News

Republican super PACs outraise Democratic rivals ahead of midterm congressional elections

The U.S. Capitol in Washington, D.C., U.S., on Monday, Jan 31, 2022.
Al Drago | Bloomberg | Getty Images

Republican-led super PACs outraised their Democratic rivals in the latter half of last year, giving them more financial firepower ahead of this year’s congressional midterm elections.

Democrats have a slight majority in both houses of Congress, and Republicans are gearing up to potentially flip the Senate and the House in the midterms.

The Republican-affiliated Senate Leadership Fund and Congressional Leadership Fund raised over $90 million combined in the back half of 2021, according to Federal Election Commission records. The two groups, which aren’t connected, had a total of over $100 million on hand coming into this year.

On the Democratic side, the House Majority PAC and Senate Majority PAC, which are not affiliated with each other, raised a total of over $65 million and had a combined $70 million-plus on hand, records show.

These PACs can raise and spend an unlimited amount of money. The FEC disclosures don’t reflect how much was raised by affiliated nonprofit organizations.

The GOP’s comparative fundraising success represents another hurdle for Democratic leaders and candidates, particularly as the party’s agenda has stalled. The president’s party also typically lose seats in Congress during midterm elections.

Some of the party’s top donors have privately told leading Democrats, including House Speaker Nancy Pelosi, D-Calif., and Senate Majority Leader Chuck Schumer, D-N.Y., that they will not be donating any more money while President Joe Biden’s $1.75 trillion social and climate spending package remains unpassed in Congress, according to people with direct knowledge of the matter. These people declined to be named in order to speak freely about private Zoom conversations.

While the House did pass the legislation, known as the Build Back Better Act, the bill has stalled in the Senate. Sen. Joe Manchin, D-W.Va. effectively killed the measure when he said in December that he wouldn’t support it. The Senate is split 50-50, and would need Manchin’s vote to pass it.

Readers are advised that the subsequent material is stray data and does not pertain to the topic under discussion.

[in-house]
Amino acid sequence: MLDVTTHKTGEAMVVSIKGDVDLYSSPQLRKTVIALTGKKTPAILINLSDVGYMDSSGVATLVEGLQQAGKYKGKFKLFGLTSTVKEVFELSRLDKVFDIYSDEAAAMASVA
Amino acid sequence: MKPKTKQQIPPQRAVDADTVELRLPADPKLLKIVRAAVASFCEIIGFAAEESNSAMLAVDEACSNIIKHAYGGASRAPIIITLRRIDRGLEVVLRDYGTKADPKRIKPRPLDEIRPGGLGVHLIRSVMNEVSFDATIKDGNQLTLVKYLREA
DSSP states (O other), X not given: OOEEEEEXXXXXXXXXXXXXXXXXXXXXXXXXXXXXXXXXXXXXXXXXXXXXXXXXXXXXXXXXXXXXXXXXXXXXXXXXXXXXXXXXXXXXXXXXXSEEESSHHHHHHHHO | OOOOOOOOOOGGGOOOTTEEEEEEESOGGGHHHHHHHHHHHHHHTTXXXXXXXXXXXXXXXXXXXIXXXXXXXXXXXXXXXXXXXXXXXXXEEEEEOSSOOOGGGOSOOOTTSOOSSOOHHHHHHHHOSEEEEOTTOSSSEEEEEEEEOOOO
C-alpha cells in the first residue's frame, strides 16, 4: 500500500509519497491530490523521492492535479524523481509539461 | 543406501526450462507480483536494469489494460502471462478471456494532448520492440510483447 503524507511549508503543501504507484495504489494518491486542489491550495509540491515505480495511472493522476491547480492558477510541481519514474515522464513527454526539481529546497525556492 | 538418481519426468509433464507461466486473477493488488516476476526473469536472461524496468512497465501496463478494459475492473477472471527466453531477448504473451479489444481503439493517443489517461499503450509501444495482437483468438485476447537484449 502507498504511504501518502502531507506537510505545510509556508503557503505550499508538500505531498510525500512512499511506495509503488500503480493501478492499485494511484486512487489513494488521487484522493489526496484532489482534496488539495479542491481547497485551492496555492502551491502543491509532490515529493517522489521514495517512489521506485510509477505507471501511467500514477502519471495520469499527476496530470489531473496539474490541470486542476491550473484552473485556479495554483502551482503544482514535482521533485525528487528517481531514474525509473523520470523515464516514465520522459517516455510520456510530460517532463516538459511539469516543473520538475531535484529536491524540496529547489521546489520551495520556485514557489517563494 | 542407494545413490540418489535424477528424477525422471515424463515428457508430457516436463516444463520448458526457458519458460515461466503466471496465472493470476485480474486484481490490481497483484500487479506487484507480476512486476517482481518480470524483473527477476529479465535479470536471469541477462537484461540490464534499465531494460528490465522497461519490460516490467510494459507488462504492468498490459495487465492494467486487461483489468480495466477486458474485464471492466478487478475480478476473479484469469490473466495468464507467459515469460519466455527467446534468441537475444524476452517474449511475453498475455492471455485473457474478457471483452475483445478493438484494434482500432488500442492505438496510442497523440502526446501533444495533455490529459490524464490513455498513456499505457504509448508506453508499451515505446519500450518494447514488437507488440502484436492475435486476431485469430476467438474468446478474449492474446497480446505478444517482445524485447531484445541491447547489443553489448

A Pelosi aide denied that the House speaker has heard such a threat from donors. “Simply untrue. Not aware of any donor communicating that,” the aide told CNBC in an email on Tuesday.

A representative for Schumer did not return a request for comment before this story was published.

Background support

The top contributions to the Republican-backed Senate Leadership Fund in the second half of last year included a $14 million donation from nonprofit One Nation. Like the Senate Leadership Fund, One Nation is run by allies of Senate Minority Leader Mitch McConnell, R-Ky.

Citadel CEO Ken Griffin gave $5 million to the Senate Leadership Fund and another $10 million to the Congressional Leadership Fund. Fossil fuel giant Chevron and the Koch industries, which is owned by the libertarian-leaning Koch family, each gave $500,000 to the Congressional Leadership Fund.

Nonprofits also cut big checks for Democratic PACs.

House Majority Forward and Majority Forward, two nonprofits affiliated with the Senate Majority PAC and the House Majority PAC, combined to give over $12 million to the groups.

Other recent top donors to the House Majority PAC include Silicon Valley investors Reid Hoffman, who gave just over $1.4 million, and Ron Conway, who doled out $250,000 in the final months of 2021. Chicago businessman Fred Eychaner donated $4 million to the Senate Majority PAC.

The nonprofits who funded the GOP and Democratic super PACs last year do not publicly disclose their donors.

Republican financiers, meanwhile, said their networks are enthusiastic as Election Day approaches.

Eric Levine, an attorney who is is raising money for several Senate Republicans, told CNBC that GOP-leaning business executives in particular primarily consider the midterms as potential a check on Biden.

“It stops his agenda,” Levine said of a potential Republican takeover of Congress.

What's your reaction?

Excited
0
Happy
0
In Love
0
Not Sure
0
Silly
0

You may also like

Leave a reply

Your email address will not be published. Required fields are marked *

More in:News